Just after my wife and I got married, we attended a seminar on aiding the rehabilitation of human trafficking victims, particularly those trafficked for sex. (I wont get into all thatthats another story for another day.) In one of the presenters talks, he asked the audience what the biggest cause of divorce was. Since I had just been through premarital counseling, I pretty much felt like an expert at marriage. I shot my hand up quickly to answer the question, and blurted out, Sex, money and communication! then looked at my wife next to me and grinned. Too easy.
Wrong, the presenter barked back. Those are symptoms of the real problem.
Ouch. Embarrassed much?
Not only was I given a sharp lesson in humility, but what followed changed my life. I was about to be told thebest piece of marriage advicethat this young, prideful, newly married man-boy couldve ever asked for.
The reason marriages end in divorce is because of one thingunmet expectations.
My newly married man-boy brain couldnt handle the revelation. I dont remember much of what was said after that. I was too busy thinking of all the unmet expectations I was already experiencing after being married a month.
Since that seminar six years ago, I have seen the pain and frustration that plays out from having unmet expectations, not just in marriage, but inallrelationships. Its a deadly venom that flows to the heart and wreaks havoc in relationships.
But having unmet expectations isnt just a marriage problem. Its alife problem.
It doesnt matter whether youre single, married, working, unemployed, old, young or [insert demographic here]. Having unmet expectations is lethal to everyone. No one is immune.
Sowhats the solution?
Im a math guy. I heart equations. I love crunching numbers and thoroughly enjoyed algebra and calculus in high school (although I probably couldnt do a calculus problem to save my life now). So I came across an equation.
EXPECTATION OBSERVATION = FRUSTRATION
Heres what that means. Below are two hypothetical situations played out
When I come home from a long day at work, I EXPECT my wife to have dinner prepared and ready for us to sit down and eat as a family. Shell be wearing an apron with no food stains on it (because shes perfect like that) and her hair will be perfectly done up. Meanwhile, my 16-month old daughter will sit in her high chair and eat with utensilsnever missing her mouth, which makes cleanup a breeze. After we all finish eating at exactly the same time, well head out into the Colorado sun and go for a nice family stroll, while the butler (you read that rightBUTLER son) cleans up the kitchen and prepares our home for evening activities.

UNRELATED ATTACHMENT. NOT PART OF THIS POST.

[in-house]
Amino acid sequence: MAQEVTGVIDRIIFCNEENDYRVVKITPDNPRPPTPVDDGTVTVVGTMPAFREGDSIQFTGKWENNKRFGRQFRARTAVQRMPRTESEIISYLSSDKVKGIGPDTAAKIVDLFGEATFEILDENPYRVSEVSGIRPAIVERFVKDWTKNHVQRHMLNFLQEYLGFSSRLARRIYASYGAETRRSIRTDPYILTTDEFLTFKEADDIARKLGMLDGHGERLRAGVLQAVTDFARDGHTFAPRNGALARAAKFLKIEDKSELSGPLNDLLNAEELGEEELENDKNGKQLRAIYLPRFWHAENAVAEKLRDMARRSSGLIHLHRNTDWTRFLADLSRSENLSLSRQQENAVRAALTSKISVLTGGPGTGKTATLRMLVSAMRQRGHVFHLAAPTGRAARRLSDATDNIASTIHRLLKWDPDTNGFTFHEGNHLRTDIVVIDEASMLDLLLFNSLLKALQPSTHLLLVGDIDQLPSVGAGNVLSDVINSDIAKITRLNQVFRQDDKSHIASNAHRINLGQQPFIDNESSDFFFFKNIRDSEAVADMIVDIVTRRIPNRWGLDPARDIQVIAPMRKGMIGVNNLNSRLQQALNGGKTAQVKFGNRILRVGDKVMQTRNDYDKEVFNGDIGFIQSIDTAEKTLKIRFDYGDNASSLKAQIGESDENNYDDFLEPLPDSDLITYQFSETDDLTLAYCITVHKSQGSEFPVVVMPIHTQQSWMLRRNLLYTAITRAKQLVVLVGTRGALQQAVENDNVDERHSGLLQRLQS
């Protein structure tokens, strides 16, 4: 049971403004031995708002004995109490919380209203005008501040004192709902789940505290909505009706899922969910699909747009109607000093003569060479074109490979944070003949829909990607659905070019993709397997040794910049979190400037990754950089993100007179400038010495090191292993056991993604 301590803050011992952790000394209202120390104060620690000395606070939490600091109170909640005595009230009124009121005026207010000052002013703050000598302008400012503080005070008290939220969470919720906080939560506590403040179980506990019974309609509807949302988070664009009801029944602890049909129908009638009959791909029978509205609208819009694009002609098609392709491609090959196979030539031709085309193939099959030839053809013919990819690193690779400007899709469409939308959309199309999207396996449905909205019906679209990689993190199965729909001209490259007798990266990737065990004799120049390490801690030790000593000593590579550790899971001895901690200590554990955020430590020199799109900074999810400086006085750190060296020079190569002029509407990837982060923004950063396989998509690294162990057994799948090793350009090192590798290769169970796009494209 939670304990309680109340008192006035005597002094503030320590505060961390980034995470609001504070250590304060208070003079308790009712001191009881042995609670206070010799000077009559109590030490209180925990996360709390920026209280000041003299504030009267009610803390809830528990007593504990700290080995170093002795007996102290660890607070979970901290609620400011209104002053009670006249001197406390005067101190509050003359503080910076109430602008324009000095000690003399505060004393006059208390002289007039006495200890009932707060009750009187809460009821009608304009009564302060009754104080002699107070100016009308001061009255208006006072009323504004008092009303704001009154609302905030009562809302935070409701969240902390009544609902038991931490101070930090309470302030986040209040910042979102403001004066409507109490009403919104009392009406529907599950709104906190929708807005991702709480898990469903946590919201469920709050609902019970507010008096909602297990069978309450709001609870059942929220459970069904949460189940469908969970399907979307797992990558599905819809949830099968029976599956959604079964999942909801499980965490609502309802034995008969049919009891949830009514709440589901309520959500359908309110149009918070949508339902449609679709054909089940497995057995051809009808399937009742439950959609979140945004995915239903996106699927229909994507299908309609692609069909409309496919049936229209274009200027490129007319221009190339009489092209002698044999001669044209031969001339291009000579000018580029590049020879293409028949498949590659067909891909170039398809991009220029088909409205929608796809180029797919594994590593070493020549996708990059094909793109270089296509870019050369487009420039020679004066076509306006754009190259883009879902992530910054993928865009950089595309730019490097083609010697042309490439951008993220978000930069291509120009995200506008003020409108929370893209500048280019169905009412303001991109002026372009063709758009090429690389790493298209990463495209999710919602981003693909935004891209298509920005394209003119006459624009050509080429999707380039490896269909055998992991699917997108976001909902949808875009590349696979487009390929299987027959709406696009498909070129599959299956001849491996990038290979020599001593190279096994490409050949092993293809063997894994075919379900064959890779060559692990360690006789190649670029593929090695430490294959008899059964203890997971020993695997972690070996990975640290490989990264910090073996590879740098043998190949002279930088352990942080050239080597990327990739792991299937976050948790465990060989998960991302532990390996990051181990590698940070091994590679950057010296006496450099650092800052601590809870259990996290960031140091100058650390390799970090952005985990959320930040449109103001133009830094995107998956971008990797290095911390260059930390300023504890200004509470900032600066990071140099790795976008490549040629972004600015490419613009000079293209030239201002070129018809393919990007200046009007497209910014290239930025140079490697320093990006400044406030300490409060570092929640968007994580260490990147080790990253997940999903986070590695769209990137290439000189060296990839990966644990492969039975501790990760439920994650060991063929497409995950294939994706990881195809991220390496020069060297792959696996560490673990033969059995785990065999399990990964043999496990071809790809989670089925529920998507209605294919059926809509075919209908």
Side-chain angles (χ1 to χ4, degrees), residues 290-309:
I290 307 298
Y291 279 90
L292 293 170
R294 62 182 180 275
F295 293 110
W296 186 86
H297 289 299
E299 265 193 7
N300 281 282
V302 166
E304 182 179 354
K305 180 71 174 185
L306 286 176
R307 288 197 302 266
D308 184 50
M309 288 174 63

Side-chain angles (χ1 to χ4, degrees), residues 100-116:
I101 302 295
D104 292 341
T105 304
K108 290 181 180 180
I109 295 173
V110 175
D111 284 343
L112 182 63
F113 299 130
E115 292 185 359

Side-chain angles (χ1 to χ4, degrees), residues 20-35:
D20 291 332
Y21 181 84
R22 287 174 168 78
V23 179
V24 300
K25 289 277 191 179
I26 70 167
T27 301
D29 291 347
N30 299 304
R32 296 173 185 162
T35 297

I come home from work thirty minutes late, and dinner hasnt even been thought ofmuch less started. Because of this, my toddler is screaming her head off, signing MORE! PLEASE! EAT! When I search for my wife, I find her working on a design project trying to meet a deadline thats technically already past due. When I ask whats for dinner, she glares at me the way only an overworked, overtired work-from-home-momma can glare (it can scald your pupilsso the legend goes). After picking up my toddler, I make my way into the kitchen to find an abundance of NO GROCERIES. So, being the manly chef that I am, I set my eyes on cheese and bread. Grilled cheese! I exclaim. I put my daughter in her high chair as an influx of rage bursts from within her. I quickly grab the apple sauce pouch to appease her. It worksfor now. I get to work on my grilled cheese sandwiches. Everyone eats. The kitchen is left a mess. Toys are scattered throughout the living room just waiting to break someones ankle. My wife and I collapse on the couch, avoiding eye contact and avoiding volunteering to clean the kitchen.I could keep going butyou get the picture.
FRUSTRATION= The difference between the two.
Quite an elaborate illustration, I know. But Im trying to paint the picture of what our expectations can be like versus what life is actually likewhat we observe. (DISCLAIMER: In no way was that illustration indicative of my actual life. Its either not true at all, or highly exaggeratedor spot on. The jurys still out.)
Antonio Banderas says it best,
Expectation is the mother of all frustration.
The fact of the matter is this: In life, we often have expectations that go unmet, and were often frustrated because of it.
But we dont HAVE to be.
Heres the answer: Let your OBSERVATION take precedence over your EXPECTATION. Period.
In other words,go with the flow.
Some would say to not have any expectations at all. But I wouldnt go that far. I think healthy, realistic expectations that are communicated are good to have. Theyre something to reach for.
But when you come into a situation and your expectations arent met, let your observation take the lead. Discard your expectation in the moment and deal with reality at hand.
Tired of being frustrated? Then set aside your unmet expectations and face reality head on. Then, after the fact, have a conversation with whoever is involved about what you expect and why.
In what ways have you dealt with unmet expectations? How have you positively handled facing reality? What other ways have you combated frustration? Leave a comment below for discussion!